South Korea survived the pressure of the knockout round of the World Cup on Tuesday. Japan, its co-host, didn't.
Ahn Juhn-hwan, who earlier missed a penalty kick, scored 27 minutes into overtime as South Korea sent another soccer giant packing, edging Italy 2-1. Ahn was so exhausted after his header found the net he simply collapsed in the corner before his teammates rushed over to pile on in celebration.
The singing, chanting crowd at Daejeon was nearly as spent as the players from the dramatic 117 minutes of action. But the fans began waving flags as South Korea moved into the quarterfinals, and several of the flags were thrown onto the field for the players to run around with.
It was a far cry from the scene in Miyagi, Japan, where Turkey knocked out the Japanese team 1-0. There, bitter tears flowed.
But in South Korea, the tears were joyful, as the Koreans move on to meet Spain on Saturday at Gwangju.
"They're all best players, the players who came on and the players on the bench. We're all the best," said coach Guus Hiddink, a Dutchman hired to turn around a team that never won a game in five World Cups. "The people must celebrate. They're normal, hard-working people."
Italy, a three-time champion, joined defending titlist France, Argentina and Portugal on the sidelines. The only other time an Asian team made the quarterfinals, it was North Korea in 1966 - with a victory over Italy.
Italy was down to 10 men when Francesco Totti was ejected with his second yellow card 13 minutes into overtime. Referee Byron Moreno of Ecuador called Totti for diving, although he appeared to fall over the ball.
Earlier, Gianluigi Buffon made a diving save on Ahn's penalty kick in the 5th minute. Then Italy's top scorer, Christian Vieri, headed in a corner kick in the 18th for his fourth goal of the tournament.
But Seol Ki-hyeon tied it on a last-gasp attack in the 88th minute after a mistake in the Italian defense.
South Korea had two more excellent chances before extra time, and Vieri missed an open net with seconds remaining.
The victory meant all five major FIFA confederations made the final eight.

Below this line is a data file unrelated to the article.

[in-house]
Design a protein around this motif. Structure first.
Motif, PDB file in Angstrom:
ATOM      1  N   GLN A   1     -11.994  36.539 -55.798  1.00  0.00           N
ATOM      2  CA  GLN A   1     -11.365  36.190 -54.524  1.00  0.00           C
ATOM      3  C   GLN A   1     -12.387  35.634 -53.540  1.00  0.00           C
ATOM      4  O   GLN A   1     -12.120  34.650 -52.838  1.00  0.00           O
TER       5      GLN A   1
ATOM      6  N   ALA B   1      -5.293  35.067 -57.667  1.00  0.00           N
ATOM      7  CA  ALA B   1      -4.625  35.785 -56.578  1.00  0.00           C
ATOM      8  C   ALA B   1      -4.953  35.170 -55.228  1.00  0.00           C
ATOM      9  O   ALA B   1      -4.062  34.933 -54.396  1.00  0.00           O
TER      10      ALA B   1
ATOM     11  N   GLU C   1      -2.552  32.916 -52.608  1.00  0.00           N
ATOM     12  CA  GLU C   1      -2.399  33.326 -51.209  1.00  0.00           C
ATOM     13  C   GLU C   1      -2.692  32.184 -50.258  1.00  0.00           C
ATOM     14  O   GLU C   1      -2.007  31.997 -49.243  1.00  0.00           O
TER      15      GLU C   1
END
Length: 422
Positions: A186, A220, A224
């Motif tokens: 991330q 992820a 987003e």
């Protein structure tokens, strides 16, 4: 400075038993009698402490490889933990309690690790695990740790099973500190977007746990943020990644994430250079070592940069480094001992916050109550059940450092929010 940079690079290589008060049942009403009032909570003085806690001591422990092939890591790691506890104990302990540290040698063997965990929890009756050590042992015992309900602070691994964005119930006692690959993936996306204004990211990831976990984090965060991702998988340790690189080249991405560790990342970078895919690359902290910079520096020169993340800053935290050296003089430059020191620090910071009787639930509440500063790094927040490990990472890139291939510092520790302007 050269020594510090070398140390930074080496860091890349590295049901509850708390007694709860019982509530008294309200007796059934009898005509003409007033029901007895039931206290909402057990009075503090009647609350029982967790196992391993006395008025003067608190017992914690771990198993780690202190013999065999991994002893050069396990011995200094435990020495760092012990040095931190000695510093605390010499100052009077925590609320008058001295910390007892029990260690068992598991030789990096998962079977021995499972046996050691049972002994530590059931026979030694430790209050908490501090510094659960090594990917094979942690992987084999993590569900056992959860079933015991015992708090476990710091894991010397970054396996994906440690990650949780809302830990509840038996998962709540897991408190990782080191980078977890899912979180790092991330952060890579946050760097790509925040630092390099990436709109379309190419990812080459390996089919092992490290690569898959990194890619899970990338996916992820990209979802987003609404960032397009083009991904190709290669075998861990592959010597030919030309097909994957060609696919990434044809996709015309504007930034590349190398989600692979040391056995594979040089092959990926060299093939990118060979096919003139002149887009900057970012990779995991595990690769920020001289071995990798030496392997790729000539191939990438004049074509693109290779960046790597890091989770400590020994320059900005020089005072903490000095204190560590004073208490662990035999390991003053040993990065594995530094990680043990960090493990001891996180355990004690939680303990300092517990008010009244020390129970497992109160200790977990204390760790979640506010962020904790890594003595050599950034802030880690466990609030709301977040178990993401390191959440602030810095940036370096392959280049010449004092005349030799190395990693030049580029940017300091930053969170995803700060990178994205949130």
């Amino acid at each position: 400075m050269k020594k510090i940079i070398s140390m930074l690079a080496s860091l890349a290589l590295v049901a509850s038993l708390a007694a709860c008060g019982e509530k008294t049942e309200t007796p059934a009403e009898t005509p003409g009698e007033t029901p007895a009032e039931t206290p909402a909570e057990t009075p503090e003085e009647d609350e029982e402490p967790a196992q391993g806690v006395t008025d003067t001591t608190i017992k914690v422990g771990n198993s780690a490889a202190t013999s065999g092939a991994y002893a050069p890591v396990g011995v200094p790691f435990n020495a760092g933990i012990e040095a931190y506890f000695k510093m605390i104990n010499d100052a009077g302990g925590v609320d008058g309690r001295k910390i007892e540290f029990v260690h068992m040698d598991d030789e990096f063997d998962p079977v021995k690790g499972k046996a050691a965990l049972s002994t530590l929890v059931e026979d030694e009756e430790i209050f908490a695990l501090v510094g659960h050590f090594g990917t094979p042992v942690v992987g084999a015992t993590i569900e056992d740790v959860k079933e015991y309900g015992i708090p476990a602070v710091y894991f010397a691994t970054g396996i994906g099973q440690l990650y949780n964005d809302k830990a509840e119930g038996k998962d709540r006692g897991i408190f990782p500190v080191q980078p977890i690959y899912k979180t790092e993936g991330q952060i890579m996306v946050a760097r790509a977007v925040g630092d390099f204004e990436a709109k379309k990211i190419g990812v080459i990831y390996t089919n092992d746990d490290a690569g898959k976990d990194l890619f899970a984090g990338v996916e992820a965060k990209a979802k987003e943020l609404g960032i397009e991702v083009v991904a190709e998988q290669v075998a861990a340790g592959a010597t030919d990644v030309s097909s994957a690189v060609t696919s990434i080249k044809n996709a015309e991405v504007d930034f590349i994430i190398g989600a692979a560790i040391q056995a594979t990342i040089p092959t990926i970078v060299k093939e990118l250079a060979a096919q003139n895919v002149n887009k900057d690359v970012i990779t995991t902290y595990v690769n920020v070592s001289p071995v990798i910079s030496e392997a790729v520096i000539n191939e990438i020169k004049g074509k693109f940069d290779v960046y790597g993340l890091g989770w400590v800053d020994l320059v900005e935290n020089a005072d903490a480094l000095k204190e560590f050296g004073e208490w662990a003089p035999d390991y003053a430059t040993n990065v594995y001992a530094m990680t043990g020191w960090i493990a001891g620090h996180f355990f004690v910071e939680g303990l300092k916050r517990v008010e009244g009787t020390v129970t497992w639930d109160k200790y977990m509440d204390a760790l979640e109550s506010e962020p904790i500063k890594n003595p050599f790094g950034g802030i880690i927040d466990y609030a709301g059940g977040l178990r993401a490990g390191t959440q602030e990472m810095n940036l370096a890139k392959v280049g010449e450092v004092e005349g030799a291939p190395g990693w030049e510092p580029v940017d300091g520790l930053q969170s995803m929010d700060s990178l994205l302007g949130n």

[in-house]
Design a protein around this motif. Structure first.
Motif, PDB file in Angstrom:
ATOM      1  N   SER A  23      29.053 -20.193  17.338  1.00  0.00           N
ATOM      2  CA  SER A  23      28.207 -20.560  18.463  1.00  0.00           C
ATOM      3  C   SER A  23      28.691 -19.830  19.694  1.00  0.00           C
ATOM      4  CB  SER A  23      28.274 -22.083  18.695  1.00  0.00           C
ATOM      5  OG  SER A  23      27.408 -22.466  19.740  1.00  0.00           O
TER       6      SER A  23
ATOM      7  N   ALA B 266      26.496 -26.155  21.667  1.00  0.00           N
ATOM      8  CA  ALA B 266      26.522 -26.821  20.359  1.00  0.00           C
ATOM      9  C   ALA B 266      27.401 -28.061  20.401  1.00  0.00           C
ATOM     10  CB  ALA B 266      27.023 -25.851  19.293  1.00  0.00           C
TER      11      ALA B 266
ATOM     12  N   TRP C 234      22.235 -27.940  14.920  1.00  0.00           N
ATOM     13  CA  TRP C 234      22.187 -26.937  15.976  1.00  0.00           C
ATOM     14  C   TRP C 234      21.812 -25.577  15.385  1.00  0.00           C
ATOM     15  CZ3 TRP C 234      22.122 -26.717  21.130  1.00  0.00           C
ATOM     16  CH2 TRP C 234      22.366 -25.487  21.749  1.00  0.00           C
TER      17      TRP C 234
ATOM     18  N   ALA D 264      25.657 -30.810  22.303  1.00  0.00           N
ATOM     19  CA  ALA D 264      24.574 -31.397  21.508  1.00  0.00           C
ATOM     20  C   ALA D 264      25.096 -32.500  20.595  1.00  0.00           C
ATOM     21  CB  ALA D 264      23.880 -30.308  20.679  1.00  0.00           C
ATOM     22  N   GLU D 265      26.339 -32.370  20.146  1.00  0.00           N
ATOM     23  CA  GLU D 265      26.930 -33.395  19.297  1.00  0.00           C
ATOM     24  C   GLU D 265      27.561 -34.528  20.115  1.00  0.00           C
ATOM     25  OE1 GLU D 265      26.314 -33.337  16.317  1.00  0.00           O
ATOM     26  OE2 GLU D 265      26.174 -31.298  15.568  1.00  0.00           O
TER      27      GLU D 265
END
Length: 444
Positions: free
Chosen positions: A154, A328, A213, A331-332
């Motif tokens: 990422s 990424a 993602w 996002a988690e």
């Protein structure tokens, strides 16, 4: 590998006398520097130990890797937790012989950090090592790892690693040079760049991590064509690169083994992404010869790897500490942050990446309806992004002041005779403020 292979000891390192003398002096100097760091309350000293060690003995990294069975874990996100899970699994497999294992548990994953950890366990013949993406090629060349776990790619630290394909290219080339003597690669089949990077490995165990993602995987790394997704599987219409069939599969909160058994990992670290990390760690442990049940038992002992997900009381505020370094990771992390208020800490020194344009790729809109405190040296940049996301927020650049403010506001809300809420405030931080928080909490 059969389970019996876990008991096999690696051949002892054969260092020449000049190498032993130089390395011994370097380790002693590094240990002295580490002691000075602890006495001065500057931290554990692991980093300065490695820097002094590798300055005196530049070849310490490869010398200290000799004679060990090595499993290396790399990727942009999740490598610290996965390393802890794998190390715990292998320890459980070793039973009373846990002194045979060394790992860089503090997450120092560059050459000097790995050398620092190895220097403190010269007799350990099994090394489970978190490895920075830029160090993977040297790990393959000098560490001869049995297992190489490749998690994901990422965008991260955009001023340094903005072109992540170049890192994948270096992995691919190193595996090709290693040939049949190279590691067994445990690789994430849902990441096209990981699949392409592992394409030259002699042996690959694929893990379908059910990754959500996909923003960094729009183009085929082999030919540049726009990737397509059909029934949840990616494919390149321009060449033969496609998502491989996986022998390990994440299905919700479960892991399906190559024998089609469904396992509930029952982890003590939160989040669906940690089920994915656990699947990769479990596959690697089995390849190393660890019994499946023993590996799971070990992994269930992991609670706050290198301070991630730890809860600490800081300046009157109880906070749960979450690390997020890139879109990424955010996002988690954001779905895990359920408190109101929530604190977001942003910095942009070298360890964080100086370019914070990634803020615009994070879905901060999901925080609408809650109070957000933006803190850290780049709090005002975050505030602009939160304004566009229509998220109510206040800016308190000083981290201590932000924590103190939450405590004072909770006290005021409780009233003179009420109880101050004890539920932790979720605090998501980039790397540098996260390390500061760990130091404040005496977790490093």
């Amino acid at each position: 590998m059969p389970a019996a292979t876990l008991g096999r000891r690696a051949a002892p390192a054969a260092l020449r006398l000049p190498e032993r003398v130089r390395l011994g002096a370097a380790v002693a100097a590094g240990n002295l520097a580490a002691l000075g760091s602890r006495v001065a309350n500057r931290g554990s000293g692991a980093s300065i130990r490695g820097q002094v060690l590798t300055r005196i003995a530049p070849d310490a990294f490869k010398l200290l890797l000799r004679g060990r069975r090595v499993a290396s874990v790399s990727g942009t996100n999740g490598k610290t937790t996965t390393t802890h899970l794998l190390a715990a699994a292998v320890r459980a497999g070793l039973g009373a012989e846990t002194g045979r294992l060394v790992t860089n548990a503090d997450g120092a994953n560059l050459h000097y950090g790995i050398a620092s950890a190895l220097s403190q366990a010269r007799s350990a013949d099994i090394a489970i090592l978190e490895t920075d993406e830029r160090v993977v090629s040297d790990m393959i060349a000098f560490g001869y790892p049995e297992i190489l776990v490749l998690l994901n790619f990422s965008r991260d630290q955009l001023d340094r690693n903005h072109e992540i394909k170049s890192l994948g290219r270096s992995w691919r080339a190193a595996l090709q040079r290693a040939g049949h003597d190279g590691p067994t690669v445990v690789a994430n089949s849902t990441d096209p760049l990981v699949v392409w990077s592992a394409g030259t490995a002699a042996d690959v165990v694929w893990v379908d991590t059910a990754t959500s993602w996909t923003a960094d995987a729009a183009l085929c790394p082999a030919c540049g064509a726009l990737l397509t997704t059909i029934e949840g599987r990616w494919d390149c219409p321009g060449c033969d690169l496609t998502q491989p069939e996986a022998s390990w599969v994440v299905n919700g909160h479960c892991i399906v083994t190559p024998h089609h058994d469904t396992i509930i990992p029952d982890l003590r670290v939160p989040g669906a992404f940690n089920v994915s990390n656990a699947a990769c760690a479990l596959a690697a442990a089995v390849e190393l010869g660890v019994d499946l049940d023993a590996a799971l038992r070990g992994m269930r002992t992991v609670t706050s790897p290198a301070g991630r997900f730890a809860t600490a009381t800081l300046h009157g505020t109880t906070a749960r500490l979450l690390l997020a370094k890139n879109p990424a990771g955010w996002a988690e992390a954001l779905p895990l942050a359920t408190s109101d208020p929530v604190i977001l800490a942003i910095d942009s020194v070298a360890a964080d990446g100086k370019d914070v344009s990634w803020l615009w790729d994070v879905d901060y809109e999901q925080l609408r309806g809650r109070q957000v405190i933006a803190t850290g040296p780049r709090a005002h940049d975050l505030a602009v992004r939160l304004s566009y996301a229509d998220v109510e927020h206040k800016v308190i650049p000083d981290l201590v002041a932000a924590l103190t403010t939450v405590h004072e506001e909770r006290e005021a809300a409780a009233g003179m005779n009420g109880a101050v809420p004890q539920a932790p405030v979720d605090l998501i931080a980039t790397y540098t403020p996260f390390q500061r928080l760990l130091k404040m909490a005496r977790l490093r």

Turkey plays Senegal in Osaka, Japan on Saturday. The United States faces Germany in Ulsan, South Korea on Friday, when England and Brazil play in Shizuoka, Japan.
Tears and raindrops marked Japan's loss to the Turks.
Umit Davala's head, fashioned with a Mohawk hairdo, met Ergun Penbe's corner kick in the 12th minute. Davala was unchallenged by the Japanese defense and powered in the only goal.
Japan could not retaliate in a constant downpour, and Turkey had its first spot in the quarterfinals.
"We're a really great team," defender Hakan Unsal said, "and I hope to make it to the final."
The Japanese must make do with their best showing in soccer's showcase. Still, many players were crying as they left the field, and thousands in the stands could not hold back their tears.
"I hope that the world looks at Japan differently now," midfielder Hidetoshi Nakata said. "We now need to work harder to prepare ourselves and train ourselves to ensure that we take advantage of the next opportunity."
The next opportunity for the Americans is against the team that beat them 2-0 in the opener of the 1998 tournament. The Americans haven't been this far in a World Cup since the first edition in 1930, and are 2-4 against Germany.
Germany won the last meeting, 4-2, in March. So will the U.S. players be in awe of the three-time champions?
"We can't give them as much respect as we did then," U.S. captain Claudio Reyna said Tuesday, a day after the Americans defeated Mexico 2-0 in the second round. "The difference is that in a knockout game, you have to be cautious and also go for it."
Germany, which has been this far a record 14 times, isn't looking past the United States. In a tournament where outsiders have given favorites fits, every game seems to be a tossup.
"They will be a very unpleasant rival," German goalkeeper Oliver Kahn said. "They fight a lot, like us, and they are very patriotic guys who give everything for their country. We have to be very careful."
England is concerned it might be missing star striker Michael Owen for Friday's quarterfinal with Brazil in Shizuoka, Japan. Owen missed practice Tuesday with a groin injury.
"We hope that he will be fit for Friday, but he needs to be 100 percent. I think everybody needs to be 100 percent fit to play Brazil," assistant coach Tord Grip said.
Portuguese forward Joao Pinto, ejected in a first-round match against South Korea, was indefinitely suspended Tuesday for hitting a referee.
FIFA's disciplinary committee said there were indications Pinto punched referee Angel Sanchez of Argentina in the stomach when shown a red card for tackling a South Korean player from behind last Friday. The Koreans won 1-0, eliminating Portugal from the tournament.
"The act of hitting a referee is considered to be a serious violation of the disciplinary code," FIFA said in a statement.
A 25-year-old man died when he slipped off the platform while watching the U.S.-Mexico game on an overhead television set and was hit by a speeding train in Calcutta, India. Aveek Tarafdar was standing near the edge of the platform when he lost his balance and fell on the railroad tracks. He tried to climb back, but was hit by the train.